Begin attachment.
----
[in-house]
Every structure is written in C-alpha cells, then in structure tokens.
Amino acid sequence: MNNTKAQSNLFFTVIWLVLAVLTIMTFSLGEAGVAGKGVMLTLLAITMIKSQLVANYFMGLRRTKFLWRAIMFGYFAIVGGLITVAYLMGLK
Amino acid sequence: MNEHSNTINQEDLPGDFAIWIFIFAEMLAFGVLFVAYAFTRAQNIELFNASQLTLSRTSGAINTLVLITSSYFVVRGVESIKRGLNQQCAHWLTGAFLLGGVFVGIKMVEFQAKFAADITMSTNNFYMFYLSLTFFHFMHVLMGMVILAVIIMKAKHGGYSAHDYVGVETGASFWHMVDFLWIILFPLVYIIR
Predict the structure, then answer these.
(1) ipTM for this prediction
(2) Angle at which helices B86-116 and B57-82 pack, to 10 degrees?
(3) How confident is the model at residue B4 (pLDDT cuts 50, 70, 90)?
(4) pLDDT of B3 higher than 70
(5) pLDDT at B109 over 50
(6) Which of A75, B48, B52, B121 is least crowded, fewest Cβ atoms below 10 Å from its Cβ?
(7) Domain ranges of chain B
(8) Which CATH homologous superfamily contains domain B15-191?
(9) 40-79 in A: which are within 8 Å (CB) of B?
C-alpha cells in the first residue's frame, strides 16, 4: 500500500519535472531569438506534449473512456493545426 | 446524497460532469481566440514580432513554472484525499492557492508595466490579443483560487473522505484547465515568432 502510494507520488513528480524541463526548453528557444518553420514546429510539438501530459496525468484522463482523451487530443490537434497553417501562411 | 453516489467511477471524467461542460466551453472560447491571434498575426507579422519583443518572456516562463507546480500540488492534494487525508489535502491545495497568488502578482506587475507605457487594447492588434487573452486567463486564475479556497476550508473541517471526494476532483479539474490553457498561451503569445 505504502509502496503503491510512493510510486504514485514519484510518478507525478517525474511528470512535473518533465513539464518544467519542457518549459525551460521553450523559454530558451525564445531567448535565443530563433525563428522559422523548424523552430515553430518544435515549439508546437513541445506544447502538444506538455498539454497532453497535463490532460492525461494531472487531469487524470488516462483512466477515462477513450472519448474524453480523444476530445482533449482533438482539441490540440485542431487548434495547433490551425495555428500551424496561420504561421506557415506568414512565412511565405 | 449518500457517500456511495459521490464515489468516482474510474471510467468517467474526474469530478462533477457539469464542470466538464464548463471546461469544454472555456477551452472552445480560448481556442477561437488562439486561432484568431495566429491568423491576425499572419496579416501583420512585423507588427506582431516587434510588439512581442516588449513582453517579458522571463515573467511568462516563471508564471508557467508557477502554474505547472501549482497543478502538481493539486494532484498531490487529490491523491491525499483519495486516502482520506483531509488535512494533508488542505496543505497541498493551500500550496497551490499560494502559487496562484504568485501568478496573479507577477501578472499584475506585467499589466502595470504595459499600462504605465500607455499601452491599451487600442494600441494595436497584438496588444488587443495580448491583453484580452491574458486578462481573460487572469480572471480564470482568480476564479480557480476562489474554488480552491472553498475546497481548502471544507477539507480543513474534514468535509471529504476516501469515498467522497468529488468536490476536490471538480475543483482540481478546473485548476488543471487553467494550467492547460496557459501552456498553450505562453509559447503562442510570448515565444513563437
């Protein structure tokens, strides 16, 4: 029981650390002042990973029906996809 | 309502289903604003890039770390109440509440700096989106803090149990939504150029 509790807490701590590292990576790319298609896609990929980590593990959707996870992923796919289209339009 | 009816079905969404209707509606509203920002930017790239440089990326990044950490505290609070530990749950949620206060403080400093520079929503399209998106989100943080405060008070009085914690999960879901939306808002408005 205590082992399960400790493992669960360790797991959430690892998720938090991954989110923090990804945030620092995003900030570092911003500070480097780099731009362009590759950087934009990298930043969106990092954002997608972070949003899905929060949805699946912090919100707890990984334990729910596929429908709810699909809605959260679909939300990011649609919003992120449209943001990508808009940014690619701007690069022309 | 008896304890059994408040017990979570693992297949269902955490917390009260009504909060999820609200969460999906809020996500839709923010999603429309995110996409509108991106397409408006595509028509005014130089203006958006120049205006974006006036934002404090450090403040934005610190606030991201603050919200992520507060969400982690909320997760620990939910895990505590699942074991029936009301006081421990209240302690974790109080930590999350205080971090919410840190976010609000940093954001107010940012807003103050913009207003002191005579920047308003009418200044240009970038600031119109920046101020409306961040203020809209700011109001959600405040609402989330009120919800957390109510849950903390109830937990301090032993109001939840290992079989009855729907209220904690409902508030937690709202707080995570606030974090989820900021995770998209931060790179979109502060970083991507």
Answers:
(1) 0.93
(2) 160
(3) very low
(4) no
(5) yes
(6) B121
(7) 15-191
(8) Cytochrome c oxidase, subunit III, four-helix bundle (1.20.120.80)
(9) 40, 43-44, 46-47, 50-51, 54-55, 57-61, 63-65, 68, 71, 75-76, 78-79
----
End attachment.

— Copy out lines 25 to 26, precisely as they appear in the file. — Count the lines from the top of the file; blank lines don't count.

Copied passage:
(8) Cytochrome c oxidase, subunit III, four-helix bundle (1.20.120.80)
(9) 40, 43-44, 46-47, 50-51, 54-55, 57-61, 63-65, 68, 71, 75-76, 78-79